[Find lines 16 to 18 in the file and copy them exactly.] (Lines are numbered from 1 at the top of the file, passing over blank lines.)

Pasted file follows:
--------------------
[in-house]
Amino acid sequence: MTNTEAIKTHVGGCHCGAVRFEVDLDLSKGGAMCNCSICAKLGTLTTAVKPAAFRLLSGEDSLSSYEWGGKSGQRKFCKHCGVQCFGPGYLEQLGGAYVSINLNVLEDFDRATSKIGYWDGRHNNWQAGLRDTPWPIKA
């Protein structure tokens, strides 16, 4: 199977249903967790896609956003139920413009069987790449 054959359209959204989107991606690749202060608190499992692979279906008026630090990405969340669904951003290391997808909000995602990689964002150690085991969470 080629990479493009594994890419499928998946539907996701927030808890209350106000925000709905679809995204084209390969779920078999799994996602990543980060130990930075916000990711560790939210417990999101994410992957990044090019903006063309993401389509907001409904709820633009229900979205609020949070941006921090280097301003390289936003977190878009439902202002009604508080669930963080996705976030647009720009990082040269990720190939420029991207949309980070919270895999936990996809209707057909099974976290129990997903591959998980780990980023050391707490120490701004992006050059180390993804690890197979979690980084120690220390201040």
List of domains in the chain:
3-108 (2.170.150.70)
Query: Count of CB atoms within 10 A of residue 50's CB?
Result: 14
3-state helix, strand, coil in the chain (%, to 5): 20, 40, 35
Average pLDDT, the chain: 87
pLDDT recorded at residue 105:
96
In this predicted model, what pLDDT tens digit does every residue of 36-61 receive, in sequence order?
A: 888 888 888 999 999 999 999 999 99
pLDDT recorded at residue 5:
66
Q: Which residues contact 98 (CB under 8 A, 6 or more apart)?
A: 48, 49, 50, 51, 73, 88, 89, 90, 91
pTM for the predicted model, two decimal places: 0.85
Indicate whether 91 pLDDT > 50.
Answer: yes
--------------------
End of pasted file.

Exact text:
Q: Which residues contact 98 (CB under 8 A, 6 or more apart)?
A: 48, 49, 50, 51, 73, 88, 89, 90, 91
pTM for the predicted model, two decimal places: 0.85